Machine-Gun the Birdwatchers
Grant Munroe

We built a hide in the reeds by the salt marsh. We cupped cigarettes inside fingerless gloves and ate Chinese from cartons. We tipped the delivery boy well. We swept the horizon with binoculars.
Then, there --
The hide erupted, thundered, dust falling from the roof as the Browning kicked, brass spilling.
It was winter. In the winter, by unspoken agreement, they all wear black. A ribbon of splashing water arced across the marsh. It rested on the birdwatchers. They shook, standing, taken with bullets. They shook and shook and shook. From them, as we'd expected, came flying not blood and dark gore and ripped black cloth but an issue of birds, in plume, on wing. We watched and wrote as the fire rained forth, their names as they flew forth, in order.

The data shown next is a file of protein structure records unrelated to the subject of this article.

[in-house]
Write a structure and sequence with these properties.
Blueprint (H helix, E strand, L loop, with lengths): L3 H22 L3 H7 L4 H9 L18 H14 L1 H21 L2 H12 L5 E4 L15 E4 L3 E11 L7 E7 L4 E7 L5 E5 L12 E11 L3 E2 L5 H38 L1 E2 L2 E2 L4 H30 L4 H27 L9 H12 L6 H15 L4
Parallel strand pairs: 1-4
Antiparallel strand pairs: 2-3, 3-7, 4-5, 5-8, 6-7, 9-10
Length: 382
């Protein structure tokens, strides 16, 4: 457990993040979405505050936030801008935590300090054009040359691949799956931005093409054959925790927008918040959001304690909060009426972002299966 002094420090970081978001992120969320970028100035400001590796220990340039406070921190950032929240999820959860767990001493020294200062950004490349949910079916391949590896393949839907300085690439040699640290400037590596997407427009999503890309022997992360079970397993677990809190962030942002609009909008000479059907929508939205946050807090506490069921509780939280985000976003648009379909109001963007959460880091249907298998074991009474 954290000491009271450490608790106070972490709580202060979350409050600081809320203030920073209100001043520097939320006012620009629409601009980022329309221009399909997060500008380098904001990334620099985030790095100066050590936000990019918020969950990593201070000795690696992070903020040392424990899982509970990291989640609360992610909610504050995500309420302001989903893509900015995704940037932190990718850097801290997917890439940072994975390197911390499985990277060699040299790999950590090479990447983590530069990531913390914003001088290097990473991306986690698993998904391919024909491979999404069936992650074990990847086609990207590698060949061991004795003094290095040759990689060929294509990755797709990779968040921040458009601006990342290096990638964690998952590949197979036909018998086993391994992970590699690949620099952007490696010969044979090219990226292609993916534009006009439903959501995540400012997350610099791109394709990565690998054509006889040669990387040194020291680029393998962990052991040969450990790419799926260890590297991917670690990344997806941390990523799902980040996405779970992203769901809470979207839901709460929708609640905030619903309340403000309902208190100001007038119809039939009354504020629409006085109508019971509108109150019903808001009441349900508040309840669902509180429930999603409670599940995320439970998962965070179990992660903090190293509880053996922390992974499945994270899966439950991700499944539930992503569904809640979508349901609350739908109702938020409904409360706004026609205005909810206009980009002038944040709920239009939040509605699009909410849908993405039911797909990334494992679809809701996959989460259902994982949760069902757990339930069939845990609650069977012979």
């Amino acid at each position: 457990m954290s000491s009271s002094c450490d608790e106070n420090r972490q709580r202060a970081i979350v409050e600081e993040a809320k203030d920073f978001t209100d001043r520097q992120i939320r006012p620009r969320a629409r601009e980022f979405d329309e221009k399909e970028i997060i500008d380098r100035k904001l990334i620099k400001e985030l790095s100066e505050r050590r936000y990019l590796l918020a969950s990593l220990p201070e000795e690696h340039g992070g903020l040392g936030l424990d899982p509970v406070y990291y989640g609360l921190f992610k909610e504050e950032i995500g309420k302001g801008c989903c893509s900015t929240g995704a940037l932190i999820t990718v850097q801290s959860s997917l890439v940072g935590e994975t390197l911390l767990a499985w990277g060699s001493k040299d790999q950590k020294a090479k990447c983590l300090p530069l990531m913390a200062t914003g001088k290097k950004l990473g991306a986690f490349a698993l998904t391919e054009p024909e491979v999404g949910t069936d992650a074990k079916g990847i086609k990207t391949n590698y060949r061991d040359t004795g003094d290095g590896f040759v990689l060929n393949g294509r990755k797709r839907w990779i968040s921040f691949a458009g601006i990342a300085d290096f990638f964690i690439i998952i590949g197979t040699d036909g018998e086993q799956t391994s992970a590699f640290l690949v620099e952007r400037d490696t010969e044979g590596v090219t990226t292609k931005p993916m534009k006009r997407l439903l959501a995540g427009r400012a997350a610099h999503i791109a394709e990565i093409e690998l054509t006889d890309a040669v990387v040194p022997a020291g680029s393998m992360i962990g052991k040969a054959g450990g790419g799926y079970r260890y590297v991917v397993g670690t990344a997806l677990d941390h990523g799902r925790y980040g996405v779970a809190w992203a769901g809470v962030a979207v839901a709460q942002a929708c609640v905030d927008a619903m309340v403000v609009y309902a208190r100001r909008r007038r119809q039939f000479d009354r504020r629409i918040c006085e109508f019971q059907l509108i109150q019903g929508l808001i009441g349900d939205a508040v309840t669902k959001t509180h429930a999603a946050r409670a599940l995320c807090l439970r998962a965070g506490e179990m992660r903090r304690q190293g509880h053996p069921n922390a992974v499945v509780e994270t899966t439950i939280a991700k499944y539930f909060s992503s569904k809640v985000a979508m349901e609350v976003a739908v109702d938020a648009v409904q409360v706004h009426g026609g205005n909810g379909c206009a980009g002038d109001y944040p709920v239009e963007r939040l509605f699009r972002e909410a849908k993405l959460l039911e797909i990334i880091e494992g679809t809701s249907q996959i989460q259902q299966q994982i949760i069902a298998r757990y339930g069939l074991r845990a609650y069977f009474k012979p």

the jay
the finch
the magpie
the swallow
the sparrow
the robin
the cormorant
the shrike
the purple martin
the red-eyed vireo
the sedge wren
the bohemian waxwing
the indigo bunting
the horned grebe
the hooded merganser
the greater scaup
the hiberian ganzvogel
the roundkneed skeat
the painted loutlin
bucephela abeola
botaurus lentiginosus
coccothraustes vespertinus
junco hyemalis carolinensis
colinus virginianus ridgwayi
cathartes aura septentrionalis

. . . .

The list goes on. Our munitions infinite.